Samantha Norton

Equinox Staff


The simplest luxuries in life are ones easily taken for granted — food, water, and even a home.

However, for some, these luxuries are ones not in their possession.

The Hundred Nights Shelter is a sanctuary for those left without a warm bed in which to curl up.

Working with the shelter to help provide food and clothing to their guests are the Keene State College Chamber Singers.

The Chamber Singers have been working with Hundred Nights since the beginning of September.

“This semester is the start of a tradition that we hope to continue, where the Chamber Singers collaborate with a local organization every semester, so it’s a semester long partnership. Although the semester is over, I don’t see us shutting the door on that,” Assistant Professor of Music Education, Dr. Sandra Howard said.

This partnership has allowed Howard and her students to visit with the shelter and offer music as a way to escape reality.

On Dec. 3, 2011, the Chamber Singers presented a campus concert where 20% of the proceeds will be donated to the shelter.

“Not only are we going out just to perform, it’s contextualized. We’ve gone out and visited the shelter in September, we had the introduction to the mission, and we talked about how that sort of connects to the music we are doing. So the music has a secondary meaning and hopefully that will impact how the students approach the performance and hopefully it will impact how the students go on from here and being contributing members of society,” Howard said.

The performance, which focused around Hundred Night’s mission statement – “To be a community working together to meet the needs of our neighbors. To be a source of hope and respect for everyone, working toward a day when no one is homeless” – possessed a repertoire that is based on the theme from sunlight to twilight.

“There’s beauty in sunlight, there’s beauty in twilight, but there can also come fear or uncertainty.”

She went on to say, “So I wanted to explore the beauty of both where we hope that you can find shelter in both, but it is not always the case,” Howard said.

This performance will allow music to be focused less on rhythm and pitch; rather, the music will represent a community of people and defy the stereotypes held against this group.

This partnership is one that has been an eye-opening experience for all. Deb Chambers, CEO of Hundred Nights, believes that because of the Chamber Singers’ involvement some of the stigma has been squashed.

“You think of a homeless person as the guy standing on the street corner in rags and begging for money, smelly, and dirty. But if you go downstairs, you don’t see any of that,” Chambers said.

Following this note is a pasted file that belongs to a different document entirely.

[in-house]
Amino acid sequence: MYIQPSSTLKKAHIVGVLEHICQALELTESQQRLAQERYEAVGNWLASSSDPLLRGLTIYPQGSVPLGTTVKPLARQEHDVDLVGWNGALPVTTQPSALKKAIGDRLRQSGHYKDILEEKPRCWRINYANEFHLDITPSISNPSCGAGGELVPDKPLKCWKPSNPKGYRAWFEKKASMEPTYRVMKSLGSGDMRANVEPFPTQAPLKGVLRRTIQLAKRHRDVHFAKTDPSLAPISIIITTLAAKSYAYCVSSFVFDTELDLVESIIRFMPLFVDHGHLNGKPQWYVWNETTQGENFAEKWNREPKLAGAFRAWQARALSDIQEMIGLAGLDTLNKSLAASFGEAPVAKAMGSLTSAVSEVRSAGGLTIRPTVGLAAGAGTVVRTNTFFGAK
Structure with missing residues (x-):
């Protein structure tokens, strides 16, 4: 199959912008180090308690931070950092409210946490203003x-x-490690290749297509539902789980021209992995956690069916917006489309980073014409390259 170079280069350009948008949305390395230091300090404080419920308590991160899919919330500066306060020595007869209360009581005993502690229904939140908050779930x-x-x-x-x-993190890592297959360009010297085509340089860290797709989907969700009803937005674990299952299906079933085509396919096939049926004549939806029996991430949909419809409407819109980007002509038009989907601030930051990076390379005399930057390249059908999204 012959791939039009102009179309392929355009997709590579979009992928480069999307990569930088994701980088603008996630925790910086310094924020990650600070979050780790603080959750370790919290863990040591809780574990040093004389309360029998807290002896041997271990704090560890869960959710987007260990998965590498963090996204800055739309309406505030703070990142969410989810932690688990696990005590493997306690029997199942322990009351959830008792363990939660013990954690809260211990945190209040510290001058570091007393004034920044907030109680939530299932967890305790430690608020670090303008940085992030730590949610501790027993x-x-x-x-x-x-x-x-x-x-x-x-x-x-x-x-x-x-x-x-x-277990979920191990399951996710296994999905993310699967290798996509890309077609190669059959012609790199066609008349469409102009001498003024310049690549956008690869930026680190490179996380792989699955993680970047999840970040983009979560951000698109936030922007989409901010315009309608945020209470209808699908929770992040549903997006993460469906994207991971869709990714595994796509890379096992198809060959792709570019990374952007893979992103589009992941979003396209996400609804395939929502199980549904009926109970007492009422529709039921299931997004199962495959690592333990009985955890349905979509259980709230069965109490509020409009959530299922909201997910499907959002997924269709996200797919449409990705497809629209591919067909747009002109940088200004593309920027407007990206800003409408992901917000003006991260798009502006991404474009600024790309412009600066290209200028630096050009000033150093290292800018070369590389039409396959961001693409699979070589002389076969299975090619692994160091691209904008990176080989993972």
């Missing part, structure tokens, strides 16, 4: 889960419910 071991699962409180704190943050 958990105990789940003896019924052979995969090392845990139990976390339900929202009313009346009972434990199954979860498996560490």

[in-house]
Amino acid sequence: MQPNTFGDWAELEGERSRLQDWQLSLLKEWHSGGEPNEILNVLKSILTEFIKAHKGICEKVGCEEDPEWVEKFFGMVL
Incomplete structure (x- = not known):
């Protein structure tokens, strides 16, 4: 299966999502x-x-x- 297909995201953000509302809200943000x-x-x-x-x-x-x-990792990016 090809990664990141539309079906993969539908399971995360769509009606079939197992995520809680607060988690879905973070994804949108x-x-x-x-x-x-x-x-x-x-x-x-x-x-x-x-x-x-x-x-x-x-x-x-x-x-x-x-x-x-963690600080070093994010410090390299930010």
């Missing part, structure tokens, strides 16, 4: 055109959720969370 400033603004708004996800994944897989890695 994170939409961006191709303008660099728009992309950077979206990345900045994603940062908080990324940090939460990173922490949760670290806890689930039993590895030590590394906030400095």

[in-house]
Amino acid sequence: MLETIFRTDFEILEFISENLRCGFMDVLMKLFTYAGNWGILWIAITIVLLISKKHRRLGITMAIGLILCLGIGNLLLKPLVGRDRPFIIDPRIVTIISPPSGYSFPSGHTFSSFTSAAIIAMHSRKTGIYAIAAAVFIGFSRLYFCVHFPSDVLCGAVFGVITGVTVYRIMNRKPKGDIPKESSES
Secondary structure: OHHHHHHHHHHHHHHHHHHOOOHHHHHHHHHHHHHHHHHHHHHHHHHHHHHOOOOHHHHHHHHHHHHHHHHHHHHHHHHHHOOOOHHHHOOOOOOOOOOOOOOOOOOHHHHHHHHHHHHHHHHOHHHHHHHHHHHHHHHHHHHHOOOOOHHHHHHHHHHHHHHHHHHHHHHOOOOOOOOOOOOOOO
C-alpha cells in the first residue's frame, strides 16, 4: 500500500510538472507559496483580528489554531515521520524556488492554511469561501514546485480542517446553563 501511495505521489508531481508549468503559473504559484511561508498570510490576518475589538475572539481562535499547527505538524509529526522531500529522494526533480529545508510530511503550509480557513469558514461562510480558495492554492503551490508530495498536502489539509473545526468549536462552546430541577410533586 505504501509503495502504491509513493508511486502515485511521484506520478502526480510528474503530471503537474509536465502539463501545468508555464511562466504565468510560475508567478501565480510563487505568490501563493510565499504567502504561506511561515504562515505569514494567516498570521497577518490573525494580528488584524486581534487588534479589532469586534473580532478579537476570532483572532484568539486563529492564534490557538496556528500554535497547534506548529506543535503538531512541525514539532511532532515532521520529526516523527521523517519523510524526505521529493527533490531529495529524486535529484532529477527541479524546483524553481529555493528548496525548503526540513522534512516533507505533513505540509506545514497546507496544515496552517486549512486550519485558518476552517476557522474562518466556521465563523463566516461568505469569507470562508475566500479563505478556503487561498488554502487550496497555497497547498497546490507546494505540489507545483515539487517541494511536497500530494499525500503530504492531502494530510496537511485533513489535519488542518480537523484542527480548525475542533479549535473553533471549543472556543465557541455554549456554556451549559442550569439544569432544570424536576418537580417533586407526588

This shows that the portrayal of homeless isn’t the hobo depicted in Hollywood films.

“Deb told us a story about a man who walks from here to the airport down in Swanzey, back and forth a couple of times a night, just to stay warm and then he sleeps during the day. There’s this perception that people who are sleeping on the sides of the street are drunk or that’s part of it. But there’s another reason, people have to move to stay warm,” Howard said.

For the guests at Hundred Nights, this partnership is one that provides them with a sense of belonging.

Saturday presented the opportunity for these guests to take part in an event they usually cannot afford, Chambers said.

“We had another group come in here last summer and perform Chamber music for our guests, and they just loved it! It’s something different. The people we serve here don’t have a lot of money so they can’t afford to go to events like that. To bring it here is great,” Chambers said.

However, this event is one that does not just solely benefit the shelter; it is one that benefits all parties involved.

This partnership instills a sense of awareness among students and the rest of the Keene State College community.

It gives everyone a sense of hope- a hope that some will be able to find shelter in the darkest of times.

“We do so much learning in the classroom, but some of the best learning is when we step into the community and see live, in person, and what’s going on. I think it was a very humbling experience to go to the shelter,” Howard said.

The Chamber Singers will not just be giving the shelter, which opens on Dec. 21, a check for 20% of the proceeds; they will also be conducting a non-perishable food donation.

This partnership allows for everything to be put into perspective and up for interpretation.

“I know for me it kind of refocused my priorities. I started to purge things from my house and bring weekly drops over to the shelter. It makes you kind of contextualize whatever problems we think we have,” Howard continued.

“In the grand scheme of things is it really a problem? Maybe it’s a stressor, but there are bigger problems in the world.”


Samantha Norton can be contacted at

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